The Long-term Expenses supporting a TBI Survivor’s Journey
In several cases, TBI patients require after-hospitalization care in the form of rehabilitation. This is not easily attainable due to their health insurance coverage denying them their required medical bill reimbursement (Ezer, Wright & Fins, 2020).
TBI patients with moderate symptoms cannot easily attain certain monetary benefits to reduce their medical bills. Campbell considers herself to be ‘one of the lucky ones’ because of her visible disability. This blatant illness permitted her to utilize crucial resources to stabilize her financial distress. With access to top-tier medical facilities and the seamless enrollment into social security benefits, she has been given the treatment she needs to help herself, while keeping a constant encouraging smile on her face.
Activities undertaken by inpatient and emergency department TBI patients after hospitalisation
Source: (Levant, Chari & DeFrances, 2016)
The Unnecessary Costs of Misclassification
One of the most underrated topics of discussion in relation to the money sinkhole engendered as a result of an injury stems from the payment of certain unnecessary expenses. This refers to the ‘doctor shopping’ a patient undergoes, and the subsequent expenses that arise out of this exhausting experience.
Campbell relates to this by drawing from her personal experience with doctors and friends. Finding the right doctor as well can be quite tiresome. “I was repeatedly told by doctors that it was ‘all in my head’”, continues Campbell. Taking medication that does not mitigate the pain faced by a TBI patient and constantly setting up appointments with different doctors is not just expensive, but also demanding of energy. Additionally, finding a doctor who listens to what you have to say and believes you can also be a time-consuming process.
At first, it is quite common, according to Campbell, to blame the patient for their trauma. Many people refuse to believe that there might not be an underlying cause to a brain injury. “If I was perfectly healthy and it happened to me, it can happen to them”, states Campbell. She goes on to observe that this blame-game is more common in situations where patients experience strokes.
Although patients are now speaking up about their experiences, many suffer in silence as they continue to be blamed for their illness due to the general stigma surrounding brain injuries.
Power of Patients is here to Help
Campbell heavily endorses the dependence on the Power of Patients dashboard for every TBI patient. Most of the research conducted on TBI patients stems from the experiences of male athletes. Power of Patients tries to bridge the gap in knowledge by recording the experiences of every TBI patient, regardless of their gender and age. This, in turn, will establish a proper research foundation, with which researchers can study TBI experiences of TBI patients hailing from various backgrounds.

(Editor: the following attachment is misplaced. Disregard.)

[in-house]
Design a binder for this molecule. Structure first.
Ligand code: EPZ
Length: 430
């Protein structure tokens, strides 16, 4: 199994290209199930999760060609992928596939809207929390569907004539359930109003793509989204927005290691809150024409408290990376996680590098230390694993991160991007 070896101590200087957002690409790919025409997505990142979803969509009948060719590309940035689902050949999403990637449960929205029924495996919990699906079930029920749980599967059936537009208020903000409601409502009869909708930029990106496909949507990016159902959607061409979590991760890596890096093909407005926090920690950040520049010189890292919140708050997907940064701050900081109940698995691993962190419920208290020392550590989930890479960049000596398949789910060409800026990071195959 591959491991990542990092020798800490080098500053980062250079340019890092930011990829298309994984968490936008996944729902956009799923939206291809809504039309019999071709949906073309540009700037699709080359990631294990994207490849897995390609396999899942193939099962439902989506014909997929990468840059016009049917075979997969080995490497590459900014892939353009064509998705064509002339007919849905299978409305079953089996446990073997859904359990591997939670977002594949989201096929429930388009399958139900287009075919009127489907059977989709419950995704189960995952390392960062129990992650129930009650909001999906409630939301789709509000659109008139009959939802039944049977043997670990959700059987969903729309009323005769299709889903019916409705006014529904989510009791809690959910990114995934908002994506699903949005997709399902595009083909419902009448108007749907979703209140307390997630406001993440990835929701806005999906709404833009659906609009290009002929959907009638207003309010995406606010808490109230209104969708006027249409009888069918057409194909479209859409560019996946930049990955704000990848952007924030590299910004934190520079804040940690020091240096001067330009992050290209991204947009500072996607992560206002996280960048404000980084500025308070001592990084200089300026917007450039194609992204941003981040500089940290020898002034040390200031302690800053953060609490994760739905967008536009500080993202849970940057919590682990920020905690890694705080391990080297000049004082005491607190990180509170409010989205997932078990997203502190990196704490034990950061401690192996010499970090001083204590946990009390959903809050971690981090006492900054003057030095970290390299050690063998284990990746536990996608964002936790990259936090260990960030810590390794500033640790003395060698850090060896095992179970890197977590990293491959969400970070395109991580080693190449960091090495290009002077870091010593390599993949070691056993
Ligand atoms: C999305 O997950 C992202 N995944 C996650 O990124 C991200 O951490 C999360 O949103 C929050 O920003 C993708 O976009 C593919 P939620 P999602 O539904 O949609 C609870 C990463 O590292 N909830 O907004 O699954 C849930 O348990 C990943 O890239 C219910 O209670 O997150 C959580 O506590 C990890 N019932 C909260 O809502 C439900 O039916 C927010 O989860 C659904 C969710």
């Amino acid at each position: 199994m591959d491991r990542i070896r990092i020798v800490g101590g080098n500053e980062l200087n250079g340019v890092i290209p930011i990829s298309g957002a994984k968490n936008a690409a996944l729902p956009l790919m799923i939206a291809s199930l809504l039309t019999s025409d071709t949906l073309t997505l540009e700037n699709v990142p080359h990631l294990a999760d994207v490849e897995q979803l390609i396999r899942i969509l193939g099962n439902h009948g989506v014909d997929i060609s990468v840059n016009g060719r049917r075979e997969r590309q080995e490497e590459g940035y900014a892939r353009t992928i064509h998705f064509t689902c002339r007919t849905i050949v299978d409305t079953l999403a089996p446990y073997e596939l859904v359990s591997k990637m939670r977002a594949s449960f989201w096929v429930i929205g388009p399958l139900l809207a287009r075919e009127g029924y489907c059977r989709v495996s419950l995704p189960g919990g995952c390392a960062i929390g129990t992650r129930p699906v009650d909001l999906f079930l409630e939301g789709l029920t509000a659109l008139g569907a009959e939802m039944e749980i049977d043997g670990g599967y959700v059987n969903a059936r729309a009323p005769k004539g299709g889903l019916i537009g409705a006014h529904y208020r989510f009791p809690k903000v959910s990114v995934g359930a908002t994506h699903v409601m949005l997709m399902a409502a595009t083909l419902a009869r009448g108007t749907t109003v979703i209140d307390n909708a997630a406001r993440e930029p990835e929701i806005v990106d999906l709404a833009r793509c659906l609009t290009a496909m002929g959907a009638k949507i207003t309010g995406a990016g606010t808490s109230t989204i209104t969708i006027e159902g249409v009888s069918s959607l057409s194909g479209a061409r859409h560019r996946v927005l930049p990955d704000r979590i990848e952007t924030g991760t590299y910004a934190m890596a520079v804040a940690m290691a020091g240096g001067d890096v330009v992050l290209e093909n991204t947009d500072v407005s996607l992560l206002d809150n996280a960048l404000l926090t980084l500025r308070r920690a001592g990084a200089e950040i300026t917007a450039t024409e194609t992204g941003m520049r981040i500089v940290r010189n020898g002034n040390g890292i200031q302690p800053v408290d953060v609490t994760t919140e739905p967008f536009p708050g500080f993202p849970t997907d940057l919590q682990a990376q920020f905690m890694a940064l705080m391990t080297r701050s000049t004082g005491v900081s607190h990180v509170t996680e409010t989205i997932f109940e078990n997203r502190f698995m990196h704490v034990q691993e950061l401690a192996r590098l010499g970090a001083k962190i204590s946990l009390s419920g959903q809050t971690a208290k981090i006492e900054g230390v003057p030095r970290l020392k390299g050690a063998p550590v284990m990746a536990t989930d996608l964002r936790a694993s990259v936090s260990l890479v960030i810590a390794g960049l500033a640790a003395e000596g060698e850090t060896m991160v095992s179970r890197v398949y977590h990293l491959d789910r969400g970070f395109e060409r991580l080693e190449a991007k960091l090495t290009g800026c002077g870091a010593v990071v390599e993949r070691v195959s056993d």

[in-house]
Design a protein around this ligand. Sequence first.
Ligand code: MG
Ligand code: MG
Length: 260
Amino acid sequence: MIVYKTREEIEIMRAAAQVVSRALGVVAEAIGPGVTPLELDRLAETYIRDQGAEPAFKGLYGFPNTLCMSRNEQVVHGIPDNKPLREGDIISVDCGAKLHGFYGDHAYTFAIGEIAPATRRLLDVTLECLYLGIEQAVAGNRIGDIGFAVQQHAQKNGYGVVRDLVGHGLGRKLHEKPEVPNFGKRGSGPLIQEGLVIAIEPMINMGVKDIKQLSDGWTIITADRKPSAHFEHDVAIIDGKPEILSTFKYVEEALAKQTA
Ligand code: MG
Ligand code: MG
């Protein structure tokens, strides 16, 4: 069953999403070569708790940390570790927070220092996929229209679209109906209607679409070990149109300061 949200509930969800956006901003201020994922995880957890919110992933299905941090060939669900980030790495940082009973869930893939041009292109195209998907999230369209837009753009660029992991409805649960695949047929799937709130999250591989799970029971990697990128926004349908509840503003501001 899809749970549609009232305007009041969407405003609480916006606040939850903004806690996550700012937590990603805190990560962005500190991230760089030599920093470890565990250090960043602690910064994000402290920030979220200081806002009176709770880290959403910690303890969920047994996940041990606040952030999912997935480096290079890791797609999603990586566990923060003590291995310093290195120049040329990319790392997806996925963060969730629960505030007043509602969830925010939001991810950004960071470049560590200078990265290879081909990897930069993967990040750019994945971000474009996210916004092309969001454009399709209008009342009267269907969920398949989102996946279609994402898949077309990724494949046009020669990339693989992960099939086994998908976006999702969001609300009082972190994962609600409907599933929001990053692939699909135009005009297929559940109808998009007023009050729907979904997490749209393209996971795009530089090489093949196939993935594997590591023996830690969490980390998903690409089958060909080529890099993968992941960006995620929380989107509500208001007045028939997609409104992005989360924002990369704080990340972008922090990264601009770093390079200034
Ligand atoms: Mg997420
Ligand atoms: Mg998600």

Additionally, Power of Patients does not add to the fiscal burden of patients and their families as we strive to collect data that addresses the actual needs of patients for a proper all-rounder guide to clinical studies. It is a free platform that can be used to track any symptom and trigger that you may feel in your day.
Patients can also print hard copies of their reports. Showing these detailed reports of your symptoms and triggers to a doctor will eliminate the problem of ‘doctor shopping’.
Ezer, T., Wright, M., & Fins, J. (2020). The Neglect of Persons with Severe Brain Injury in the United States: An International Human Rights Analysis. Retrieved 11 August 2021, from https://www.hhrjournal.org/2020/06/the-neglect-of-persons-with-severe-brain-injury-in-the-united-states-an-international-human-rights-analysis/
Kennedy, M. (2016). Brain injury linked to increased risk of losing health insurance. Retrieved 11 August 2021, from https://www.reuters.com/article/us-health-braininjury-insurance-idUSKCN0WC25W
Levant, S., Chari, K., & DeFrances, C. (2016). National Hospital Care Survey Demonstration Projects: Traumatic Brain Injury. Retrieved, from https://www.cdc.gov/nchs/data/nhsr/nhsr097.pdf
Moderate and Severe TBI | Concussion | Traumatic Brain Injury | CDC Injury Center. (2021). Retrieved 11 August 2021, from https://www.cdc.gov/traumaticbraininjury/moderate-severe/index.html
U.S. Population Growth Rate 1950-2021. (2021). Retrieved 11 August 2021, from https://www.macrotrends.net/countries/USA/united-states/population-growth-rate